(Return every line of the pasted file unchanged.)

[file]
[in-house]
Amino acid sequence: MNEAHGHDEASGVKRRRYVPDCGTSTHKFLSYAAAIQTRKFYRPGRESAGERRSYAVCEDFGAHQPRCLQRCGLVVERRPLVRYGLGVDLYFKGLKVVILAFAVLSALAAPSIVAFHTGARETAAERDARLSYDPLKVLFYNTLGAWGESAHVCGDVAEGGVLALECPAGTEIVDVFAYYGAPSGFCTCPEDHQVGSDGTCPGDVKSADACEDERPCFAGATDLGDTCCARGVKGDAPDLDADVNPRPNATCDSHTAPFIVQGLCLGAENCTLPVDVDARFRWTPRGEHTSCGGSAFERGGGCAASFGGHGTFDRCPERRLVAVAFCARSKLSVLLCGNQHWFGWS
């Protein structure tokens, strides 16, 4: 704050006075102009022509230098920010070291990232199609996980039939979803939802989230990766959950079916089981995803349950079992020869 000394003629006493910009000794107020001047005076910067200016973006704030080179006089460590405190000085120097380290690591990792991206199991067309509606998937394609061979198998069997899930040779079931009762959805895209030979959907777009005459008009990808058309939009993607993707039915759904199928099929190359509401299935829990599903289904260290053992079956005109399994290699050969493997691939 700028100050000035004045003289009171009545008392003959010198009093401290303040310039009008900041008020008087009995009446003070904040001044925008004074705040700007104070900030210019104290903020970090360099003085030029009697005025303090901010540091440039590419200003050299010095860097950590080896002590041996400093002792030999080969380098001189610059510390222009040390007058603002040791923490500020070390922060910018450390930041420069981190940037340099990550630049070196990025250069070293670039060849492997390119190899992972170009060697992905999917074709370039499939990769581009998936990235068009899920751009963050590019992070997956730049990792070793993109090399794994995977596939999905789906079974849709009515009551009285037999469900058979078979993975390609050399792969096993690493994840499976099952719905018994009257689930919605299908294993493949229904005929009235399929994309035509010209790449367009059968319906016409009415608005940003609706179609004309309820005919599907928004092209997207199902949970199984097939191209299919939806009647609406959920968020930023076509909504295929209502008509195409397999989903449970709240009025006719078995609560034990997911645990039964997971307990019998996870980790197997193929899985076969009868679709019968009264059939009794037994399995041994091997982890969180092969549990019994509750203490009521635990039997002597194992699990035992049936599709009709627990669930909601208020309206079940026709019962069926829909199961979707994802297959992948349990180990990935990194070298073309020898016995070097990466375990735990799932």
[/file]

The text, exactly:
[in-house]
Amino acid sequence: MNEAHGHDEASGVKRRRYVPDCGTSTHKFLSYAAAIQTRKFYRPGRESAGERRSYAVCEDFGAHQPRCLQRCGLVVERRPLVRYGLGVDLYFKGLKVVILAFAVLSALAAPSIVAFHTGARETAAERDARLSYDPLKVLFYNTLGAWGESAHVCGDVAEGGVLALECPAGTEIVDVFAYYGAPSGFCTCPEDHQVGSDGTCPGDVKSADACEDERPCFAGATDLGDTCCARGVKGDAPDLDADVNPRPNATCDSHTAPFIVQGLCLGAENCTLPVDVDARFRWTPRGEHTSCGGSAFERGGGCAASFGGHGTFDRCPERRLVAVAFCARSKLSVLLCGNQHWFGWS
């Protein structure tokens, strides 16, 4: 704050006075102009022509230098920010070291990232199609996980039939979803939802989230990766959950079916089981995803349950079992020869 000394003629006493910009000794107020001047005076910067200016973006704030080179006089460590405190000085120097380290690591990792991206199991067309509606998937394609061979198998069997899930040779079931009762959805895209030979959907777009005459008009990808058309939009993607993707039915759904199928099929190359509401299935829990599903289904260290053992079956005109399994290699050969493997691939 700028100050000035004045003289009171009545008392003959010198009093401290303040310039009008900041008020008087009995009446003070904040001044925008004074705040700007104070900030210019104290903020970090360099003085030029009697005025303090901010540091440039590419200003050299010095860097950590080896002590041996400093002792030999080969380098001189610059510390222009040390007058603002040791923490500020070390922060910018450390930041420069981190940037340099990550630049070196990025250069070293670039060849492997390119190899992972170009060697992905999917074709370039499939990769581009998936990235068009899920751009963050590019992070997956730049990792070793993109090399794994995977596939999905789906079974849709009515009551009285037999469900058979078979993975390609050399792969096993690493994840499976099952719905018994009257689930919605299908294993493949229904005929009235399929994309035509010209790449367009059968319906016409009415608005940003609706179609004309309820005919599907928004092209997207199902949970199984097939191209299919939806009647609406959920968020930023076509909504295929209502008509195409397999989903449970709240009025006719078995609560034990997911645990039964997971307990019998996870980790197997193929899985076969009868679709019968009264059939009794037994399995041994091997982890969180092969549990019994509750203490009521635990039997002597194992699990035992049936599709009709627990669930909601208020309206079940026709019962069926829909199961979707994802297959992948349990180990990935990194070298073309020898016995070097990466375990735990799932």